This Week in Texas Methodist History September 28
Tennessee Conference Meets, Four Preachers Transfer to the Texas Mission, October 3, 1838
Many Texans are aware of the close relationship between Texas and Tennessee. Many famous Texans including Davey Crockett and Sam Houston, were Tennesseans, as well as numerous lesser known immigrants. It should come as not surprise that Methodists were well represented in the Tennessee-Texas connection.
On October 3, 1838, the Tennessee Annual Conference met in Huntsville, Alabama. The conference at that time included northern Alabama. When the appointments were read, the brothers and sisters found that four of its members were transferred to the Texas Mission. Three of the transfers, Isaac L. G. Strickland, Jesse Hord, and Samuel Williams, were finishing their first year as full elders, having been in the same ordination class at the 1837 Annual Conference. At the 1837 conference Williams had been appointed to Trenton, and Hord and Strickland, who were already good friends and served in the same district 1837/38, Hord at Memphis and Strickland at LaGrange, TN. Fowler’s appointment had been as agent for LaGrange College in northern Alabama, but had volunteered for Texas the prior year.
Hord and Strickland traveled together. They went by way of Memphis, Little Rock, Benton, and Hot Springs. Instead of staying on the well-marked road to the Red River Crossing at Fulton, they struck out to go through Louisiana where Hord had brother. They became so lost that they had to hire a guide who took them to Washington, Arkansas, where the Arkansas Annual Conference was in session. They finally reached Gaines Ferry on November 29—about 6 weeks after they started their travels. They stayed in San Augustine where both Fowler and Williams were also staying. On December 17 Fowler met with the three other transfers and assigned them as follows: Williams to San Augustine, Strickland to a huge circuit between the Trinity and Brazos Rivers from about Spring Creek in Harris County as far north as he could find settlements. Hord also received a huge circuit—all the coastal settlements from Houston to Victoria.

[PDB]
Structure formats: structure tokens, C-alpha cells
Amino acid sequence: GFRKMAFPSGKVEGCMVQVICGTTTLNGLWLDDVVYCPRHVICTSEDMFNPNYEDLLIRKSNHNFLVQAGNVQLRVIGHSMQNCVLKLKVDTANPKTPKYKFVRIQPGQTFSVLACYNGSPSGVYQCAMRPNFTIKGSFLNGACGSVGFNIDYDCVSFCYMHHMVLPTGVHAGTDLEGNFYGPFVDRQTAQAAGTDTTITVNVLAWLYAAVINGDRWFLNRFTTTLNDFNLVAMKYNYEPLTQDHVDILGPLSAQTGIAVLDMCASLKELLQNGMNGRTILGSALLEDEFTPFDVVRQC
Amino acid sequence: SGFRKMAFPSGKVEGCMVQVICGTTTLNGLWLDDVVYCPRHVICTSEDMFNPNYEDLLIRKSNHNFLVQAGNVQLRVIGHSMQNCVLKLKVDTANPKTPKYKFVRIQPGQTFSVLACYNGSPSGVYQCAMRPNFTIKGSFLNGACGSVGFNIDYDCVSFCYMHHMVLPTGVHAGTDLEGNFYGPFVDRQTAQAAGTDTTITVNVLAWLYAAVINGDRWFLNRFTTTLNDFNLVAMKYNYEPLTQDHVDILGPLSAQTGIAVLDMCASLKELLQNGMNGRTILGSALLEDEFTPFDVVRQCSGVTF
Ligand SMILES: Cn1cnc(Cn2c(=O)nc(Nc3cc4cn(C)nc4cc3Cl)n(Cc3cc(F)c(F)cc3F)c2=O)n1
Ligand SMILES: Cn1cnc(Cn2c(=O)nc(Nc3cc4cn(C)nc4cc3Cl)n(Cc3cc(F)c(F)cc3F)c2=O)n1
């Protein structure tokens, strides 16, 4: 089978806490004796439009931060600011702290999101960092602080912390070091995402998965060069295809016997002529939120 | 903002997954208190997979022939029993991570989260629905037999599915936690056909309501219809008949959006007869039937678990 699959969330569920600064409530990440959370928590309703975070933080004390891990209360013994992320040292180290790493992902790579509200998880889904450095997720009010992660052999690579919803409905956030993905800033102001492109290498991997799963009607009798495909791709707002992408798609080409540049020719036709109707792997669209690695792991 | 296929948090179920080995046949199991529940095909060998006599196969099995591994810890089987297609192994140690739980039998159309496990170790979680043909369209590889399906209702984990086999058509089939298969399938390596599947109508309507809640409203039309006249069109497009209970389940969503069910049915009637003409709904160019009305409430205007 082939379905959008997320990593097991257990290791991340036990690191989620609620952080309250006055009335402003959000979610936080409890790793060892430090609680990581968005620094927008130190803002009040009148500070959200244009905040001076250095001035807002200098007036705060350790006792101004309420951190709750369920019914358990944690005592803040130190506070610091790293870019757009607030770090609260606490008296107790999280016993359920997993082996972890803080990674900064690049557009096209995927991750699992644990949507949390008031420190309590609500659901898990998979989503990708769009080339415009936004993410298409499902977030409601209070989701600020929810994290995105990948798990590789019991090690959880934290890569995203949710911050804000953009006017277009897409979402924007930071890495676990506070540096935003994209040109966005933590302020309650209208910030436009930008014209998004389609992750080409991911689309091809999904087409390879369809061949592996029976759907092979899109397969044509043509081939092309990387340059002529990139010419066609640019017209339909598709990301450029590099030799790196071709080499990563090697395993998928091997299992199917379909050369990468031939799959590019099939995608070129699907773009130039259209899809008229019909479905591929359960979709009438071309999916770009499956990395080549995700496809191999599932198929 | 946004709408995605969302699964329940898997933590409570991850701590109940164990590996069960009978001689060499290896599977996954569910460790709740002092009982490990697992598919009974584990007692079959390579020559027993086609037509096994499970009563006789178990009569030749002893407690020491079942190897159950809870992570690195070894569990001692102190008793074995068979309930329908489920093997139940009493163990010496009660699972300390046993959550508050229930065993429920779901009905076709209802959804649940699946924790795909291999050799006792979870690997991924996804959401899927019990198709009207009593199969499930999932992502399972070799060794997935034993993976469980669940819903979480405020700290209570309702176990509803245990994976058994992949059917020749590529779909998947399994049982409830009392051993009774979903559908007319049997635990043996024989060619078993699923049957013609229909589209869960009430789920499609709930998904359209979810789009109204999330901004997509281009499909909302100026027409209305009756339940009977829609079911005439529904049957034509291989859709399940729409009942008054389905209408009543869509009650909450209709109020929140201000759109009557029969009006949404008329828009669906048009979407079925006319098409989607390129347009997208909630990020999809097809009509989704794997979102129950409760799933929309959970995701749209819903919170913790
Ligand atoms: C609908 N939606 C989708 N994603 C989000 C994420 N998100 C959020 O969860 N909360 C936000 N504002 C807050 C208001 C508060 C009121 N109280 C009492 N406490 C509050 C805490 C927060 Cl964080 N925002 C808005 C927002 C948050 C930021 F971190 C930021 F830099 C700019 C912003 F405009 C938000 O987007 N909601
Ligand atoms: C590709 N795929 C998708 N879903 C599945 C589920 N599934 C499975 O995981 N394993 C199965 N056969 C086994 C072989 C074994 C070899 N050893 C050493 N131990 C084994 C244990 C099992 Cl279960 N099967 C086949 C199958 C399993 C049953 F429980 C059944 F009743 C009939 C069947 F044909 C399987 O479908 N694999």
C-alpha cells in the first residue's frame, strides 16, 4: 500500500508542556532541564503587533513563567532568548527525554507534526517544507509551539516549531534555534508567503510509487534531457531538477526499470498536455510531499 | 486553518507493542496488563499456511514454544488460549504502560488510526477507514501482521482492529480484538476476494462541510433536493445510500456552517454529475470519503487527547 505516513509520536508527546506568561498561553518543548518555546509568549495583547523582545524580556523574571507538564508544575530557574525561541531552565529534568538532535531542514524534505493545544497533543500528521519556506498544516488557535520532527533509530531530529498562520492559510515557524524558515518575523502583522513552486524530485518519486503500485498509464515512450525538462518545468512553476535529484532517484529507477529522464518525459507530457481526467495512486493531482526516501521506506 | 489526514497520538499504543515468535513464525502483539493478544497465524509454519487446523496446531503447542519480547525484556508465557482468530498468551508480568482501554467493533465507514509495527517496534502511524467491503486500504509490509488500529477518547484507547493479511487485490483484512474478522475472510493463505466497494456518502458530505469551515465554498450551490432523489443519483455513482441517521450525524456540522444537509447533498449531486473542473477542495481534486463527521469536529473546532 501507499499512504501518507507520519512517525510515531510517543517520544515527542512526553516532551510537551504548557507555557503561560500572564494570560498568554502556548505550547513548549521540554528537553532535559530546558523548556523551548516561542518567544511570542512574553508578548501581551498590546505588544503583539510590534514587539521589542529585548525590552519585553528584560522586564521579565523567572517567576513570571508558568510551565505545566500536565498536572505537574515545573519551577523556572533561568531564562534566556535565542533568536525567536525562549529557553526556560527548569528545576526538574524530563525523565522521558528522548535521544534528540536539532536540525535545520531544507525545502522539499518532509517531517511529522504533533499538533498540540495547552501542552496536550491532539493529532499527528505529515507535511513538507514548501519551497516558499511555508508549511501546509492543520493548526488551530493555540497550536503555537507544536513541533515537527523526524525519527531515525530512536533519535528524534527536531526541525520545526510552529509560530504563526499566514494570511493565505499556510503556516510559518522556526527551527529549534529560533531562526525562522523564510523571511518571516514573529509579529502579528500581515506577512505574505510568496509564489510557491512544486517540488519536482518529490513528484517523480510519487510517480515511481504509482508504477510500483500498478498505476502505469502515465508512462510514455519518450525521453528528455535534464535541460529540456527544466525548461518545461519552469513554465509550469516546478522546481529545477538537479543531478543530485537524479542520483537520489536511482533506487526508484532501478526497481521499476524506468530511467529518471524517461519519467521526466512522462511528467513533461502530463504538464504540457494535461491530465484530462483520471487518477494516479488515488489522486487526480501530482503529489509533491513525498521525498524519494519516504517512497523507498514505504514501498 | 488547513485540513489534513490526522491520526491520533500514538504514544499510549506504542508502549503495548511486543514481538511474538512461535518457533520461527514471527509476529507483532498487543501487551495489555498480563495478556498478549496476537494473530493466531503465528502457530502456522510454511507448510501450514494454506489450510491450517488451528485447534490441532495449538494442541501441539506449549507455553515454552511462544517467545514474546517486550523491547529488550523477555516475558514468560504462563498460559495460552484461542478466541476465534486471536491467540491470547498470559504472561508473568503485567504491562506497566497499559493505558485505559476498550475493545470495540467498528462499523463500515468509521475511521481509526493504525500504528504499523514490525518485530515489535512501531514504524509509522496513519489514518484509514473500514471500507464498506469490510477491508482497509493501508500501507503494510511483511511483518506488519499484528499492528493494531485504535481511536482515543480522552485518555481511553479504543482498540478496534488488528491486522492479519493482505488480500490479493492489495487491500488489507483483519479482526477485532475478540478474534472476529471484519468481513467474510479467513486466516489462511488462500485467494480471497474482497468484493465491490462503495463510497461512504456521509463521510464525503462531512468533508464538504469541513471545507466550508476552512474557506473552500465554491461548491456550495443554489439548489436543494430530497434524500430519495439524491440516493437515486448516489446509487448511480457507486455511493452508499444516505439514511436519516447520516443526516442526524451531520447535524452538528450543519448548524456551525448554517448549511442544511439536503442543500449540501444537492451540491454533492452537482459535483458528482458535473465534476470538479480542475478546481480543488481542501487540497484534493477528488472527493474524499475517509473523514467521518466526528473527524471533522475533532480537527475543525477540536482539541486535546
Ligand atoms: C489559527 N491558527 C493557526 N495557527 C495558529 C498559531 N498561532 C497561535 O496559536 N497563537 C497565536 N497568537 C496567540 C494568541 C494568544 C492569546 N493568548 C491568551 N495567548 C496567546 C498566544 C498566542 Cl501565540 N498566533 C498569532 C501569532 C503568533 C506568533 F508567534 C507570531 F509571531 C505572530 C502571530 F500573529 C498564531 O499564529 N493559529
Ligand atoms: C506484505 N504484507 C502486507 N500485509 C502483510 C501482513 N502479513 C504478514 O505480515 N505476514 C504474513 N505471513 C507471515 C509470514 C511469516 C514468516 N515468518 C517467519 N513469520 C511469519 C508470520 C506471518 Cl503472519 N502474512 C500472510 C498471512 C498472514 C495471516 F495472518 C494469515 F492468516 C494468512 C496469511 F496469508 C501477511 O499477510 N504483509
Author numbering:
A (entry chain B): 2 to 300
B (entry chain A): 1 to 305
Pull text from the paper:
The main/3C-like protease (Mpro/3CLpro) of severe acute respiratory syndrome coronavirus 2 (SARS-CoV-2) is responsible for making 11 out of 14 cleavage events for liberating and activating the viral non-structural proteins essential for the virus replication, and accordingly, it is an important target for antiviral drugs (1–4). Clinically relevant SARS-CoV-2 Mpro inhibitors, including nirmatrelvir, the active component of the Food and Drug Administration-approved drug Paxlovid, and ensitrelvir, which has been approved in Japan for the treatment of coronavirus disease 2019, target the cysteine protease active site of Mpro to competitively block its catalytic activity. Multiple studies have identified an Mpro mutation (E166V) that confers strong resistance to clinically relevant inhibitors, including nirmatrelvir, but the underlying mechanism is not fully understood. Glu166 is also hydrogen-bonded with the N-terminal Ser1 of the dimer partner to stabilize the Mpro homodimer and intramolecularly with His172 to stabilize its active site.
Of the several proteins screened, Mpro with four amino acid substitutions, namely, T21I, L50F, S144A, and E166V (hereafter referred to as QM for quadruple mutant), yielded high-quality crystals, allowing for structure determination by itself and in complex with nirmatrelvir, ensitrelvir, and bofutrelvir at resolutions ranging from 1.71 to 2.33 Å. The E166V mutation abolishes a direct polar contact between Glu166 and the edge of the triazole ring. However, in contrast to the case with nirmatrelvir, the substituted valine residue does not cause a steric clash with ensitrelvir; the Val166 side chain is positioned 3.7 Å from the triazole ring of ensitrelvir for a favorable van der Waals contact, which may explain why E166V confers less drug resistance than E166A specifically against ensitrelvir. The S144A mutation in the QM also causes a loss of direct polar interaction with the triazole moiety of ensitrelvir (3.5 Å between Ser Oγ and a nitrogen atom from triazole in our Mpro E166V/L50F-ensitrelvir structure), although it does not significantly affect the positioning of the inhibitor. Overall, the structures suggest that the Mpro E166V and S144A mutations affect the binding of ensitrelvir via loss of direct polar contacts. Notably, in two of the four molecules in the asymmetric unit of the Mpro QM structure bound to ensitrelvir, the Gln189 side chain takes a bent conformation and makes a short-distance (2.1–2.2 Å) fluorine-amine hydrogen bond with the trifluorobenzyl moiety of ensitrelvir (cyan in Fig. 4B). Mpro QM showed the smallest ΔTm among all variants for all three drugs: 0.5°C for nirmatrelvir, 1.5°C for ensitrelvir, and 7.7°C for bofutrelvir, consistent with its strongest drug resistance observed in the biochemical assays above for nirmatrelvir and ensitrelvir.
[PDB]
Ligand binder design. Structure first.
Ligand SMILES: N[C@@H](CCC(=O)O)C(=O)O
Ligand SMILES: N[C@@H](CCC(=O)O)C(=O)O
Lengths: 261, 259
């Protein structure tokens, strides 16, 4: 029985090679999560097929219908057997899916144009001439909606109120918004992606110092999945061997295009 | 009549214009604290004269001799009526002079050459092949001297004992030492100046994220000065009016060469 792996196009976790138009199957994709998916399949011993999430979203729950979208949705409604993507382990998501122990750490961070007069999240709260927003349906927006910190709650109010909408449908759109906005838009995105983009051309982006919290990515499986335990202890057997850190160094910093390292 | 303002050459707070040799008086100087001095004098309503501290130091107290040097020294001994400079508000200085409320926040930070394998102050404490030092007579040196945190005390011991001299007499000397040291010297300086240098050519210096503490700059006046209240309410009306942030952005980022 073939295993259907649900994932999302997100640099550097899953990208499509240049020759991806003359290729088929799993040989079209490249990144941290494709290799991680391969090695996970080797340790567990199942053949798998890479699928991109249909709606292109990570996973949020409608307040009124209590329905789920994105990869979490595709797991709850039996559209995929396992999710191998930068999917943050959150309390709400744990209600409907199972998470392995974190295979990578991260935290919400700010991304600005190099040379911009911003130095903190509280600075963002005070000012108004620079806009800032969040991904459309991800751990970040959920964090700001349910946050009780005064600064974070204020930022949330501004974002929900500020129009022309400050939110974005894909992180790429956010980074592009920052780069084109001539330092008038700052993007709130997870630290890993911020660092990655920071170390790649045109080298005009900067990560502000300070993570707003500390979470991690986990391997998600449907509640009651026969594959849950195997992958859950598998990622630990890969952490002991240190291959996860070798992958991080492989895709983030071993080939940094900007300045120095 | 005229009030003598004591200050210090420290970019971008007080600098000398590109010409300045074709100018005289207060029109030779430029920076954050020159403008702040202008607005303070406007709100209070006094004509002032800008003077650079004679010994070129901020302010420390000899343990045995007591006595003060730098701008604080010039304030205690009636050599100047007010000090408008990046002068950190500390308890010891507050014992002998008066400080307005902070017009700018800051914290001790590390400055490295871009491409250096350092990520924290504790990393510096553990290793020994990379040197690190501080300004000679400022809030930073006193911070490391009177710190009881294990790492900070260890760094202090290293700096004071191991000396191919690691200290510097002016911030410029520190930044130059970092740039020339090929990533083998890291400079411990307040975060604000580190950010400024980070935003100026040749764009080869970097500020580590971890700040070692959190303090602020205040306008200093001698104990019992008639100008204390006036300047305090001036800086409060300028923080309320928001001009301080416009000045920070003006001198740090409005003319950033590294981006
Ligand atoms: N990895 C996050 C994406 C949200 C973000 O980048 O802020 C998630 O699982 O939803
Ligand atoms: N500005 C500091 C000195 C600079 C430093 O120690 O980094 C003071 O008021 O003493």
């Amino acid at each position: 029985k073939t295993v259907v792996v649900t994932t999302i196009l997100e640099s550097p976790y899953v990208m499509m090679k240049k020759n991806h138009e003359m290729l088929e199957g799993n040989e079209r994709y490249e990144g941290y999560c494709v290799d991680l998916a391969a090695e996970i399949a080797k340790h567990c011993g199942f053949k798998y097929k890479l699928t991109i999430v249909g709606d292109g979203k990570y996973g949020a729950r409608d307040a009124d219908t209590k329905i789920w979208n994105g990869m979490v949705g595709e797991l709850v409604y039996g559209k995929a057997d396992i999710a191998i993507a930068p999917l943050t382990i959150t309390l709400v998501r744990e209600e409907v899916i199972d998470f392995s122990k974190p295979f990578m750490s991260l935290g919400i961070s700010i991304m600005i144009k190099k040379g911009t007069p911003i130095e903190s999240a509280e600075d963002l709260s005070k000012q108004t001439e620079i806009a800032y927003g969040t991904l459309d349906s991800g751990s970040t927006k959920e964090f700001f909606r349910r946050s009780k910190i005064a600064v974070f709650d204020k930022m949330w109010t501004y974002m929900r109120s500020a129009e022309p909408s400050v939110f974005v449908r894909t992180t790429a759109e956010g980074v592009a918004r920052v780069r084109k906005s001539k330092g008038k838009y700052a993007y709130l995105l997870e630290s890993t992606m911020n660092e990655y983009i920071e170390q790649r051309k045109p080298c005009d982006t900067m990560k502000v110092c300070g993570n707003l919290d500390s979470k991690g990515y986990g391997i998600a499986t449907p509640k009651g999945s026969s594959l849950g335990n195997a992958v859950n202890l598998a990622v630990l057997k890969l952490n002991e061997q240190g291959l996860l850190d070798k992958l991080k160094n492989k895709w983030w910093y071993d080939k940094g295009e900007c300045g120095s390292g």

As more recruits arrived from the United State, Fowler was able to reduce the size of the circuits. He reunited Strickland and Hord by having them share the huge coastal circuit.
Strickland was the first of the four to die. The coastal circuit was extremely unhealthy. He died on July 2, 1839---less than a year after the October 1838 Annual Conference at which he volunteered for Texas. Fowler was next. He died in January, 1846. Williams went on to a distinguished career as preacher, presiding elder, and even presiding officer of the annual conference when the bishop did not arrive. He died in 1866 at the age of 56 and is buried in San Augustine. Hord was the only one to live into old age. In the months before his death he contributed memoirs to the Advocate. Those memoirs constitute an important resource for the study of Texas Methodist history.